And below is one of our favorite objects at the Rosenbach: a note saying “Mon Amour!” that Dietrich sent Acosta along with one of her stockings:
As we contemplate the symbolism this stocking may have had for Acosta I would be remiss not to mention that Dietrich was renowned for having the greatest legs in Hollywood. Dietrich films often have a gratuitous shot of her taking off shoes or adjusting a stocking while we all, presumably, gawk; General Patton’s code name for Dietrich in World War II was LEGS; she began her act for the soldiers by poking one of these legendary limbs through the curtain; one of her stage bits when entertaining the troops was to hike up her skirt and play a musical saw. Here’s a publicity shot from The Song of Songs, a film Dietrich made the year she met Acosta:
And from the same year, taken in Paris, with “für Mercedes” written on the back:
In Here Lies the Heart, Acosta takes the credit for getting Dietrich’s overhyped legs into trousers. In 1930’s Morocco, Dietrich had already proven that no one could rock a tux with greater aplomb, why not wear pants all the time? In this interview with CNN, historian Kate Clarke Lemay of the Smithsonian’s National Portrait Gallery talks about what happened when the Paris chief of police heard that Marlene Dietrich was heading for Paris in a white pantsuit.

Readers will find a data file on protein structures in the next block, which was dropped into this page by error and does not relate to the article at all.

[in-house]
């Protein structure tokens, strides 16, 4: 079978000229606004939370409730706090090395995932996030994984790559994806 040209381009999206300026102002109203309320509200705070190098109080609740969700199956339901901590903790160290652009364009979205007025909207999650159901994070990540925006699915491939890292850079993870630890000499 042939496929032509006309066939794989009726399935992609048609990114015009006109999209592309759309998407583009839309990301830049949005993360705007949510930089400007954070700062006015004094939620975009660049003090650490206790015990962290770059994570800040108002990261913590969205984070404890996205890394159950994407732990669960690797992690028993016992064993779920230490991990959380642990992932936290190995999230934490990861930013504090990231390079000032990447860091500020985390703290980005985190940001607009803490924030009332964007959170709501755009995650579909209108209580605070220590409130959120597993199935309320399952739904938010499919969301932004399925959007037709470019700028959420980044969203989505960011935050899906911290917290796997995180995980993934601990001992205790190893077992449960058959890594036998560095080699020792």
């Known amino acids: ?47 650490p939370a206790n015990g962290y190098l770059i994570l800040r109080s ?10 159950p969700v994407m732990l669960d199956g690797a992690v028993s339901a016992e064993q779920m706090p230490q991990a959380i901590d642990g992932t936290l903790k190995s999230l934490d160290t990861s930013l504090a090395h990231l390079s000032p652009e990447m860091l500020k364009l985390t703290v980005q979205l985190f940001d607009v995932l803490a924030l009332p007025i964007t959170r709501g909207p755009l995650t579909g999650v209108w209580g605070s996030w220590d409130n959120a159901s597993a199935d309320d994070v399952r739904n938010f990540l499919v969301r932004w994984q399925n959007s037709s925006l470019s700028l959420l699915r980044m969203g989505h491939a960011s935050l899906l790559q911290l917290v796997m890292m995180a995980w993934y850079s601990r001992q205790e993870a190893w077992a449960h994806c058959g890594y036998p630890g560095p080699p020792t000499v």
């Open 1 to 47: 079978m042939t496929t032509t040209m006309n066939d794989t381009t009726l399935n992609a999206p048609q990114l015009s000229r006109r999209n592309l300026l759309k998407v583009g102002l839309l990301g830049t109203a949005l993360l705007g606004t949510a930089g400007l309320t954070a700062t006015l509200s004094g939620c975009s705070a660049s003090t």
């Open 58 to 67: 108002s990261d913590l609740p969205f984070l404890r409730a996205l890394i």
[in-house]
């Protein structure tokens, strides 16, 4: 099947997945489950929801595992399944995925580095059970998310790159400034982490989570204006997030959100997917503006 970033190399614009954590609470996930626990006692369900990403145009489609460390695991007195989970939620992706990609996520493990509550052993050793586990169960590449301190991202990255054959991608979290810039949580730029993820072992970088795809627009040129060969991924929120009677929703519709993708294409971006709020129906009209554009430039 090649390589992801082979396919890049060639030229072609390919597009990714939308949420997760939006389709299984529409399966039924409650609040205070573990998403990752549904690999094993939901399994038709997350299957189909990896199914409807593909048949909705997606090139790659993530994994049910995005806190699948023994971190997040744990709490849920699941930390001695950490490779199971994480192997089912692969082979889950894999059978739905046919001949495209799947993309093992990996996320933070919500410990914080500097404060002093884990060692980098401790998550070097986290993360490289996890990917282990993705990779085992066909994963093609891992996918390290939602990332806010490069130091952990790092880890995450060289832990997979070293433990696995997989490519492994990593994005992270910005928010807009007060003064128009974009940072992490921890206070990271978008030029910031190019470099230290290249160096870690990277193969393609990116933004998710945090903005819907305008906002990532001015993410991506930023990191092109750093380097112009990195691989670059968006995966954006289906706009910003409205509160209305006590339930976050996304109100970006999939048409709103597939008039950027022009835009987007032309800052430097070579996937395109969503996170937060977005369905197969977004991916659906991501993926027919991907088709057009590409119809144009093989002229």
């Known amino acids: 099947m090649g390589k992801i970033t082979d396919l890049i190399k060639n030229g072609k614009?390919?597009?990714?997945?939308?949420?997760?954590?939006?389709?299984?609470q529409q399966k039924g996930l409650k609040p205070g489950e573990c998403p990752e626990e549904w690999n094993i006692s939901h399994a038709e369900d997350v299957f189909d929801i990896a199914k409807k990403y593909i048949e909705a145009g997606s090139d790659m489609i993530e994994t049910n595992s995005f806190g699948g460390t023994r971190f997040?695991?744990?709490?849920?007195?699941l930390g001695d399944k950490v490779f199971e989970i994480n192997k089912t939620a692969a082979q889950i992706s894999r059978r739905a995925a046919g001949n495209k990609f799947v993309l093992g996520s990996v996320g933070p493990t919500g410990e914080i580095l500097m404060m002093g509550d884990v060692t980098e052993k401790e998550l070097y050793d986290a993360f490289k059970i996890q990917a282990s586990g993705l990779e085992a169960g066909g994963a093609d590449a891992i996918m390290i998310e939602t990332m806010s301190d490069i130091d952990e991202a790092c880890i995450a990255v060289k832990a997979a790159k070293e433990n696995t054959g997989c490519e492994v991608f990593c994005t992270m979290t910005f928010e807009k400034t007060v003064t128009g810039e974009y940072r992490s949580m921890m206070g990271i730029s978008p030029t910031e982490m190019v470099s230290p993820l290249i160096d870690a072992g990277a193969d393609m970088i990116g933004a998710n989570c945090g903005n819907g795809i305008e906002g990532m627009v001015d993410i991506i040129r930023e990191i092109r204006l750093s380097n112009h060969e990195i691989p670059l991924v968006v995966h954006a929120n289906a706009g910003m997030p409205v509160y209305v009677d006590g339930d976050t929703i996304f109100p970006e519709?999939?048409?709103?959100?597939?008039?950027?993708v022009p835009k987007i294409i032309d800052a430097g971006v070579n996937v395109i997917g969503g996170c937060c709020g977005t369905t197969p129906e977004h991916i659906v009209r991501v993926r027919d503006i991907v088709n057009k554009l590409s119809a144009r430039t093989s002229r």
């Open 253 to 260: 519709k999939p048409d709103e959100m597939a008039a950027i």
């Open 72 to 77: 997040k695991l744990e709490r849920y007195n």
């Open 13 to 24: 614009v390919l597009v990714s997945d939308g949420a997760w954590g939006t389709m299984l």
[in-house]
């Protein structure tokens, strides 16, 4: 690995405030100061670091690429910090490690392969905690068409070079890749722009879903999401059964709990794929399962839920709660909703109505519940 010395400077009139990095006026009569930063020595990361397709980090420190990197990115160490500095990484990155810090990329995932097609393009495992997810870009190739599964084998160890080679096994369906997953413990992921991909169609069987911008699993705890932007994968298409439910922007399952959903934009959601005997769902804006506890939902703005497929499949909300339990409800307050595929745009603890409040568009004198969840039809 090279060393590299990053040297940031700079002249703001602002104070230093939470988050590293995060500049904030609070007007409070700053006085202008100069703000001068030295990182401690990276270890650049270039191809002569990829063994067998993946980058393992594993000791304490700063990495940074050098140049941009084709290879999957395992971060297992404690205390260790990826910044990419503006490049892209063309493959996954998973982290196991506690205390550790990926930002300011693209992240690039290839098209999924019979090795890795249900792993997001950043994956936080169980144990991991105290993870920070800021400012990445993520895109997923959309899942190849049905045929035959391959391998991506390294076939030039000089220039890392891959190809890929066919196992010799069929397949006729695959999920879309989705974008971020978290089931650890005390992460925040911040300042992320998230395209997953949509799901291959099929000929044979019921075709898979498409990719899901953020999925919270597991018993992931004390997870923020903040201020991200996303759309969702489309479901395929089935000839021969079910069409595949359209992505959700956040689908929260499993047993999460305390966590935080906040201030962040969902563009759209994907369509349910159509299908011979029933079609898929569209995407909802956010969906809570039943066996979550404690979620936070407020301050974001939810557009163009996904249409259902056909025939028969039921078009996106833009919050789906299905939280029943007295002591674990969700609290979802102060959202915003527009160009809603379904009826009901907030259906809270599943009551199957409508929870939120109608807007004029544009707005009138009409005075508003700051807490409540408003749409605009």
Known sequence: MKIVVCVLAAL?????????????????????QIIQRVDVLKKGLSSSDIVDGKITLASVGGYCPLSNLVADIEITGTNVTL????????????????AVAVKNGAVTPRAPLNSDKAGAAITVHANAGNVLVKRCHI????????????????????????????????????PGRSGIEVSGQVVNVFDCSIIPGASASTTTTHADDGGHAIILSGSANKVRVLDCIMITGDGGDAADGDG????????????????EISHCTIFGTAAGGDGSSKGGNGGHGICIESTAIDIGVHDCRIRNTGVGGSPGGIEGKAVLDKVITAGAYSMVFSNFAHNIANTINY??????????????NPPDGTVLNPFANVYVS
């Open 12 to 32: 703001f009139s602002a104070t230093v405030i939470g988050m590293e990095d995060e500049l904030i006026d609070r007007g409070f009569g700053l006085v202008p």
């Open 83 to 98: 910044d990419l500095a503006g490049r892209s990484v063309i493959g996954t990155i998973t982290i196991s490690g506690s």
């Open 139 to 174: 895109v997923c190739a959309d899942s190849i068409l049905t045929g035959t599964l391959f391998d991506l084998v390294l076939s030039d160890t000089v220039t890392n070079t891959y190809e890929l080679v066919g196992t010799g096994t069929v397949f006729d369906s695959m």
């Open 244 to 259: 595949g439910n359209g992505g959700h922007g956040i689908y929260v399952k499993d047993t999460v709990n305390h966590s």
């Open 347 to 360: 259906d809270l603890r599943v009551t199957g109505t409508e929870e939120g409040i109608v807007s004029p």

From the year Dietrich and Acosta met, this one taken by Acosta:
“Sometimes I like entire towns or places just because I don’t ever have to get out of my jeans,” Dietrich wrote in Marlene Dietrich’s ABC, her 1962 book of proverbs, memories, and recipes.
Here she is in a white tux in Blonde Venus, 1932, just before she barged into Acosta’s life:
“Marlene sent me flowers sometimes twice a day, ten dozen roses or twelve dozen carnations, I was at a loss to know where to put them…. We never had enough vases and when I told Marlene this, as a hint not to send any more flowers, instead I received a great many Lalique vases and even more flowers.”
Mercedes de Acosta, from Here Lies the Heart
Register for Virtual Behind the Bookcase | 20th Century Gay and Lesbian Lives on Thursday, May 28 at 12:30 p.m.